During May, the Waterloo Region District School Board held a Digital Learning Symposium involving central staff, teachers, students and guests from the Ontario Ministry of Education and community. The intent of the day, was to bring staff and students together to dig deeper into what is working and what is needed as next steps forward. While the day was a huge success with great interaction and discussion within the various stakeholder groups, there is one aspect of this that I have continued to mull over: Capacity building, and nurturing first followers.
WRDSB teacher, Scott Kemp, selected this “Starting a Movement” video to show as part of the final session discussion kickoff for the day.
On route to ISTE13, I had some great conversations about this idea with Rebecca Rouse and Susan Watt . While the notion of nurturing first followers could be applied to many situations, we were looking at this from a technology enabled learning perspective.
By the numbers: From a strictly numbers point of view, you could think about: one helps another, two help four, four help eight , 8 > 16 > 32 > 64 > 128 > 256 > 512 > 1024 > 2048 … done. Lets say you already have 100 or so “lead nuturers”, then getting to “done” might only be 4 years (or defined time periods). More aggressively, one might start with one helps 3, 3 help 9, 9 > 27 > 27 > 81 > 243 > 729 > 2187 … done. With the same 100 or so “lead nuturers”, then getting to “done” might only be 3 years (or defined time periods).
These kind of progressive numbers are encouraging when thinking about rolling out a change process. But, there is more to it than just the numbers. In our conversations, we identified a number of critical components to consider in the mix.
- PD should be a graduated continuum just like learning for students
- professional practice should provide opportunities to align with the plan, act, assess, reflect learning cycle
- people need varying amounts of time to reach the ‘ready to mentor’ stage
- at what point could someone properly nuture a “first follower” in a way that produces the desired learnings, results and in turn prepares the first follower to, in turn, nuture their own first follower with the needed outcome?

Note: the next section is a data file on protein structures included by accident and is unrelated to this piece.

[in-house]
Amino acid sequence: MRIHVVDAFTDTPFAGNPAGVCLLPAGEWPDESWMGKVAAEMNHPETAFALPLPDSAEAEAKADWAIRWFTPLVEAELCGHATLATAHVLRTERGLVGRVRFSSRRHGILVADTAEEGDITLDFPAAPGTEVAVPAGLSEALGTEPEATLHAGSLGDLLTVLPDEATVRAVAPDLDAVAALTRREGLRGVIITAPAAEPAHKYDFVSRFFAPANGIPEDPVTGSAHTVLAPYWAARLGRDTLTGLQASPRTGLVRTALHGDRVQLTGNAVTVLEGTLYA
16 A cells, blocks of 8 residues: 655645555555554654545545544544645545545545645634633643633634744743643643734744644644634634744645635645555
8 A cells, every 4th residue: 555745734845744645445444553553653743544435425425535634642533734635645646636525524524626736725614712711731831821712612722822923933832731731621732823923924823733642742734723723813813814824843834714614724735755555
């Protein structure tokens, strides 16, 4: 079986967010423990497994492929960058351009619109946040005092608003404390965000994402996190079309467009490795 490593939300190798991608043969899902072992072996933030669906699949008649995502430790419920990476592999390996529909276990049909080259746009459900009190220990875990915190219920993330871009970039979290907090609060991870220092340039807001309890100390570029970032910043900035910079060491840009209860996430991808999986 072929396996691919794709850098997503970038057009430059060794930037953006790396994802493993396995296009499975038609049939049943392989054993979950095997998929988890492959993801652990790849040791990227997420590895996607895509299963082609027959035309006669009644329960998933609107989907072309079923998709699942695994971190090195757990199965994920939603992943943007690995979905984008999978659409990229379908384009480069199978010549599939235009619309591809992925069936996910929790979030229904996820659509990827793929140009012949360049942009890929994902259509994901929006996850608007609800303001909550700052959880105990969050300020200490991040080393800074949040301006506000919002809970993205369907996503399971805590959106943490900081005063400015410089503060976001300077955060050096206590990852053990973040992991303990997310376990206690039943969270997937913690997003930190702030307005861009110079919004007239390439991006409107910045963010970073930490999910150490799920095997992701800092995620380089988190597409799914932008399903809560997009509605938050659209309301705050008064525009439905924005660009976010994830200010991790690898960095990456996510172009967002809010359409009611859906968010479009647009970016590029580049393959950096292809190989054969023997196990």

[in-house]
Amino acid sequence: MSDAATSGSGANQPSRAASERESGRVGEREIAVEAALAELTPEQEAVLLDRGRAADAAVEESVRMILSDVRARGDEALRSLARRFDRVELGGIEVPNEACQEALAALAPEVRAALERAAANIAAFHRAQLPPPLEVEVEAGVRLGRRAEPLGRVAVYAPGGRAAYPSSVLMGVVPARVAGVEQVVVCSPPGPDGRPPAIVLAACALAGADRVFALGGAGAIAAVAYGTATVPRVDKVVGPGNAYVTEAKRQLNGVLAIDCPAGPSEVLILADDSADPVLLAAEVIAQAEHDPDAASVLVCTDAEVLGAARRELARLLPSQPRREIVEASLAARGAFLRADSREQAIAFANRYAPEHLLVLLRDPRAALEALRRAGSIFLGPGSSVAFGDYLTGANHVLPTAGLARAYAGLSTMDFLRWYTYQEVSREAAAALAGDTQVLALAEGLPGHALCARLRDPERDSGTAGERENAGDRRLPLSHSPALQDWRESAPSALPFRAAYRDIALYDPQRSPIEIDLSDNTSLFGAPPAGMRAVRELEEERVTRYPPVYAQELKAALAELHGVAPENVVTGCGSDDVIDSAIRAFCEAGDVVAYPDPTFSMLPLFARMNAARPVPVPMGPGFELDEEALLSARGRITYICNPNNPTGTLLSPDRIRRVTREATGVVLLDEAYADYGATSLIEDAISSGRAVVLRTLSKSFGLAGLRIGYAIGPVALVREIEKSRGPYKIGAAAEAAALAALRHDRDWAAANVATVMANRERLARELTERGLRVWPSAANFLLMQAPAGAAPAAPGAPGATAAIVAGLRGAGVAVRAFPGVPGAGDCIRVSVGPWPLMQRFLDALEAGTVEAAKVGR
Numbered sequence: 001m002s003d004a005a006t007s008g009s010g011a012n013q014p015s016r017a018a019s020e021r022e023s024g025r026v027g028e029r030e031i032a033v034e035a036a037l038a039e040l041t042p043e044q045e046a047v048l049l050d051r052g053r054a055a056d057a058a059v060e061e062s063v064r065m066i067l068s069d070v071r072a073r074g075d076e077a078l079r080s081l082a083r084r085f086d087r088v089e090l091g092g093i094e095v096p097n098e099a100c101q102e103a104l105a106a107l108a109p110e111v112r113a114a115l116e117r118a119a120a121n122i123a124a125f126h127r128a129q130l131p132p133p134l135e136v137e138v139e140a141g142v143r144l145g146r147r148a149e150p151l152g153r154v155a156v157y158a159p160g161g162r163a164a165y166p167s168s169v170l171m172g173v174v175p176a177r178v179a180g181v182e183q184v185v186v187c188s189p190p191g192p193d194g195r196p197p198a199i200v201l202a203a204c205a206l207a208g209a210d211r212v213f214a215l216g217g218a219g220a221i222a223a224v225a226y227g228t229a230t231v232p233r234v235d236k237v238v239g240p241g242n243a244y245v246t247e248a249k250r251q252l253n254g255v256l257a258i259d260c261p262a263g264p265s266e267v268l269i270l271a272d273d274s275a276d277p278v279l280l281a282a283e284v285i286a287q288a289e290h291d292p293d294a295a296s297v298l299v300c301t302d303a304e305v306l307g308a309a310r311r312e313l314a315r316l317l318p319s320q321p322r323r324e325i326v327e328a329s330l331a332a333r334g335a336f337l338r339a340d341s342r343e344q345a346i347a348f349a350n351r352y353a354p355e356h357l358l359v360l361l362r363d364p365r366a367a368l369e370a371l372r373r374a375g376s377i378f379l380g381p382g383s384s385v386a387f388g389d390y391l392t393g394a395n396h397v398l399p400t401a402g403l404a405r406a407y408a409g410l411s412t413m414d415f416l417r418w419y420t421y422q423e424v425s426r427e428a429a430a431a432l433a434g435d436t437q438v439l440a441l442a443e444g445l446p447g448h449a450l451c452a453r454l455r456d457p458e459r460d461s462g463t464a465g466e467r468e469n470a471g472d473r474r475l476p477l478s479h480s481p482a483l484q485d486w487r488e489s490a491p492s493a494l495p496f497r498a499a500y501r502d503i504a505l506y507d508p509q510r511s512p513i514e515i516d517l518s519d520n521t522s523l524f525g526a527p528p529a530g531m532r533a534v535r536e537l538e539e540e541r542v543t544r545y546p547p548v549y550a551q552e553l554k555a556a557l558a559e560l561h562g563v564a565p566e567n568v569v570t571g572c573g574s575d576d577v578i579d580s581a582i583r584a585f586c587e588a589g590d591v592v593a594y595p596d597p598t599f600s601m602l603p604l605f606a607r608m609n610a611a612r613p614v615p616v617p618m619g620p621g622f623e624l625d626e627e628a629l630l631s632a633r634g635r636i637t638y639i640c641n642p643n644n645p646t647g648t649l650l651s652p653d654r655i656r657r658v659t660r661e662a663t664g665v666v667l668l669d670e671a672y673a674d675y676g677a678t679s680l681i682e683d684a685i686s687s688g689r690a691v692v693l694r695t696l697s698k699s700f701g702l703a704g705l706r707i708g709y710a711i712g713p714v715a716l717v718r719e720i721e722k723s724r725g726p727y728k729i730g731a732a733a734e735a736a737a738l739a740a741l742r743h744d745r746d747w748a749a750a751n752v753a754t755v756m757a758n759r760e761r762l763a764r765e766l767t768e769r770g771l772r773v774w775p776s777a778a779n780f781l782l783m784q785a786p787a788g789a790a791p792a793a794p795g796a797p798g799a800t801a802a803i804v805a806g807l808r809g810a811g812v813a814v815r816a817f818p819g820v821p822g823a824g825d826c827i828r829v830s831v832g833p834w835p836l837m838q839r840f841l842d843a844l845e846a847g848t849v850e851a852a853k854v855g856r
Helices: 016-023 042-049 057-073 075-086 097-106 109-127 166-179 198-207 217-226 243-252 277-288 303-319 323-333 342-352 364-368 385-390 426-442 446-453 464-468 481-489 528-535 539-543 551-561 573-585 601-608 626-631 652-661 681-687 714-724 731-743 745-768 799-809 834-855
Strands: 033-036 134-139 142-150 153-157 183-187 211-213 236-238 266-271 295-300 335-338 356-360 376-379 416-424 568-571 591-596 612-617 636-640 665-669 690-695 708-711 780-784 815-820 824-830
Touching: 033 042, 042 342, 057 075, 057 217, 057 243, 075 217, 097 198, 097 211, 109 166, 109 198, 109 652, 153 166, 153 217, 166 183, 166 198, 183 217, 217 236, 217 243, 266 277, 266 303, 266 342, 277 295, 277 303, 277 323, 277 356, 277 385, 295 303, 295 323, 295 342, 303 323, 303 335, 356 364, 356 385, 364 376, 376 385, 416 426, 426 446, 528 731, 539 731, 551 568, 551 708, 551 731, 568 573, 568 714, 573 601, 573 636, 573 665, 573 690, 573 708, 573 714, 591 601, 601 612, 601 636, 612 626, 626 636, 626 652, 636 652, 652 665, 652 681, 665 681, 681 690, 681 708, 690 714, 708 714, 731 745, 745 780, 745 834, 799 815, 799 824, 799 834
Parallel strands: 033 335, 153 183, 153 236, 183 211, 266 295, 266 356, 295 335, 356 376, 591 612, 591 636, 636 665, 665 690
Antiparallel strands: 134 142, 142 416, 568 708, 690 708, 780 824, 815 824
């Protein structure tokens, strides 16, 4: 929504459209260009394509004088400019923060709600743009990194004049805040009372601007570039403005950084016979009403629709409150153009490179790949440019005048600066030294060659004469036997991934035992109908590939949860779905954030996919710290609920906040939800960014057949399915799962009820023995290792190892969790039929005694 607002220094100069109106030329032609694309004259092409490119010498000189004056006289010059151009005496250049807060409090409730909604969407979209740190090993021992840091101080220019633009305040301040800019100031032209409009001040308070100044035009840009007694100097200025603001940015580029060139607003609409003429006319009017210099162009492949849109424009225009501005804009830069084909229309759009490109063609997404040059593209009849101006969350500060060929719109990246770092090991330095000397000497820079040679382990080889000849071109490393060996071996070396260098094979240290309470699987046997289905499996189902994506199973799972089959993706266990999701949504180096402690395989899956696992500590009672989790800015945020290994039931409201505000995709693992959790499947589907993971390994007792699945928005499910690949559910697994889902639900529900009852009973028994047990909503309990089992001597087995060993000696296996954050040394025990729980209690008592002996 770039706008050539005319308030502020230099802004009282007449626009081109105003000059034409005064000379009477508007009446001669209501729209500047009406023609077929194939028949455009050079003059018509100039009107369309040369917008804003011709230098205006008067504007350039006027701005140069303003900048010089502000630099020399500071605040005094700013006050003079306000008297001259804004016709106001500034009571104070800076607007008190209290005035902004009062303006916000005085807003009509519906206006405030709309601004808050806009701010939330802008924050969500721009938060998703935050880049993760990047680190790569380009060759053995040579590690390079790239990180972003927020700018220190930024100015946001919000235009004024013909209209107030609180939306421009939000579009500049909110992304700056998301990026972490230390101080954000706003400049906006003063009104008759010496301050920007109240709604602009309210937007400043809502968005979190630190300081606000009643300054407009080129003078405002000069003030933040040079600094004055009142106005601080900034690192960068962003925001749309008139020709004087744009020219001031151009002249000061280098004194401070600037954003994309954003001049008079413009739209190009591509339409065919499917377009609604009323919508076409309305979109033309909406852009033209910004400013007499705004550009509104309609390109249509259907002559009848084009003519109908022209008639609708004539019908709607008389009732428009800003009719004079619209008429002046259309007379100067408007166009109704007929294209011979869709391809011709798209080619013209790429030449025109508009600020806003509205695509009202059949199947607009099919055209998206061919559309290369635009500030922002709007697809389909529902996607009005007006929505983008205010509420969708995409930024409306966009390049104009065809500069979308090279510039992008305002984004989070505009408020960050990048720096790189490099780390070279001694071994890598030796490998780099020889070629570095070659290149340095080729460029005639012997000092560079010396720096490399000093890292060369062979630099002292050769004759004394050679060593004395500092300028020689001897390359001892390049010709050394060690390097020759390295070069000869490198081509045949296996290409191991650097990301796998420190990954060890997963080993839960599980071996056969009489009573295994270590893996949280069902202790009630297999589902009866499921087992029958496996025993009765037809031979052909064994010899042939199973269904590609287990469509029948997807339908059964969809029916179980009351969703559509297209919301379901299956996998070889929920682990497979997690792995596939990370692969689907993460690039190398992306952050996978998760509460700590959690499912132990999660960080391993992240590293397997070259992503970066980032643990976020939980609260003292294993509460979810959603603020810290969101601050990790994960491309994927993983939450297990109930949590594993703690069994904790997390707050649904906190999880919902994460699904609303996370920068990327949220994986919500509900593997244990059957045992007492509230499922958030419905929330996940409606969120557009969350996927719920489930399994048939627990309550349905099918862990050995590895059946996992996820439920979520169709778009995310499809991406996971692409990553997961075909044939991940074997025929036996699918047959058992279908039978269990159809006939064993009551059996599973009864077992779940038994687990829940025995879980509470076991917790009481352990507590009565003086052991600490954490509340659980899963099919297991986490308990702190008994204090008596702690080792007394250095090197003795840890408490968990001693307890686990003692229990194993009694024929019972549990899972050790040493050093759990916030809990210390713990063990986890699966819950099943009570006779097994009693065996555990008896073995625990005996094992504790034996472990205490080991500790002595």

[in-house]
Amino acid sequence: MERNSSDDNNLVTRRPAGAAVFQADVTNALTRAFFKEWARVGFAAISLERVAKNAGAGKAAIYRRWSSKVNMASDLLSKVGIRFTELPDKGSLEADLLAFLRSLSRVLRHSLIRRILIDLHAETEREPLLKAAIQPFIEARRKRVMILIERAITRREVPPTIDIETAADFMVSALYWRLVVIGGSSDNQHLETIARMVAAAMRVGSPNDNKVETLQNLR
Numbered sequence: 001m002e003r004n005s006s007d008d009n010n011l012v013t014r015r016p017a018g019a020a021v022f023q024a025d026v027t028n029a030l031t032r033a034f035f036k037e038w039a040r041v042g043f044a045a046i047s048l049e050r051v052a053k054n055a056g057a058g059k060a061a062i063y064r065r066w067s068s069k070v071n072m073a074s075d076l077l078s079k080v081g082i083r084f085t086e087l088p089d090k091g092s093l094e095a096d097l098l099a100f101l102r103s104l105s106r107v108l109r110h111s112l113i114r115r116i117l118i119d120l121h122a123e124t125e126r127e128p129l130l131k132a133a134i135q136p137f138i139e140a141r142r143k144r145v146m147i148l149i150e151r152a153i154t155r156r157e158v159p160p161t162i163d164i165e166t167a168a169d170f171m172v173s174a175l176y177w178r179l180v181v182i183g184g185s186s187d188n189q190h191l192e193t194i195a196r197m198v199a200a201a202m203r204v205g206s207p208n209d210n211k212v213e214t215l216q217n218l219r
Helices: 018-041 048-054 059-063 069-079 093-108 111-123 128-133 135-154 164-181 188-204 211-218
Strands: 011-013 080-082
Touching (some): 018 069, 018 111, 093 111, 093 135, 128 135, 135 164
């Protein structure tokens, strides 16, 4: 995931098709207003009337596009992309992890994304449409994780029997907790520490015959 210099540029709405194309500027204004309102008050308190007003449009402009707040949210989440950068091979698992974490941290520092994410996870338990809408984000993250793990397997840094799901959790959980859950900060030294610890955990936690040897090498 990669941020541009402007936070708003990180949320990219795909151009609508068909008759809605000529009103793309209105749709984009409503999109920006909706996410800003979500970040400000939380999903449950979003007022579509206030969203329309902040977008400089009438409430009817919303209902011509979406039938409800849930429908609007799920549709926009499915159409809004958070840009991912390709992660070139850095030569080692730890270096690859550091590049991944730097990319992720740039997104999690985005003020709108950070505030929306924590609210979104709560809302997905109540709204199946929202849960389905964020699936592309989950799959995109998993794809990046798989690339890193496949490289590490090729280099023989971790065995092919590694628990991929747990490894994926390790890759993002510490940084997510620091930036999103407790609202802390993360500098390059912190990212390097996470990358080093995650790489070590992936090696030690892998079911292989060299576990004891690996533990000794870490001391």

- many of the components identified are all variables in the mix
- moving along the technology continuum is, at least at this point in time, optional.
While this process is clearly not just amount the numbers, the thought does stimulate some intrigue and excitement about moving things through the system. Digging deeply into understanding the nurturing of first followers may well be the key to success. To me, there are some key aspects to achieve.
- Time is needed to shift thinking.
- The use of technology needs to considered by default in the planning process. We need to arrive at a point where teachers will internalize the asking of the “how might technology support student learning in ‘this’ situation” without external prompting, noting that need will vary.
- When this answer is ‘yes’, teachers must know the framework in which technology should be appropriately used to align with and meet Board/District/system goals. In my context, this means technology enabled learning that aligns with our chosen 5 high yield instructional strategies, the C’s (create, communicate, collaborate, critical questioning, citizenship) and TPack.
- We continue to promote learning of appropriate technology use for all staff
- Best practices in the area of technology enabled learning are openly shared
- Recognition that is is NOT about a particular type of device or application. It is about the best way to support learning and engagement.
An invitation: What do you think is most important to nurturing a first follower of yours? Share your thoughts! Please leave a comment, or send a tweet or email.
Crossing the Chasm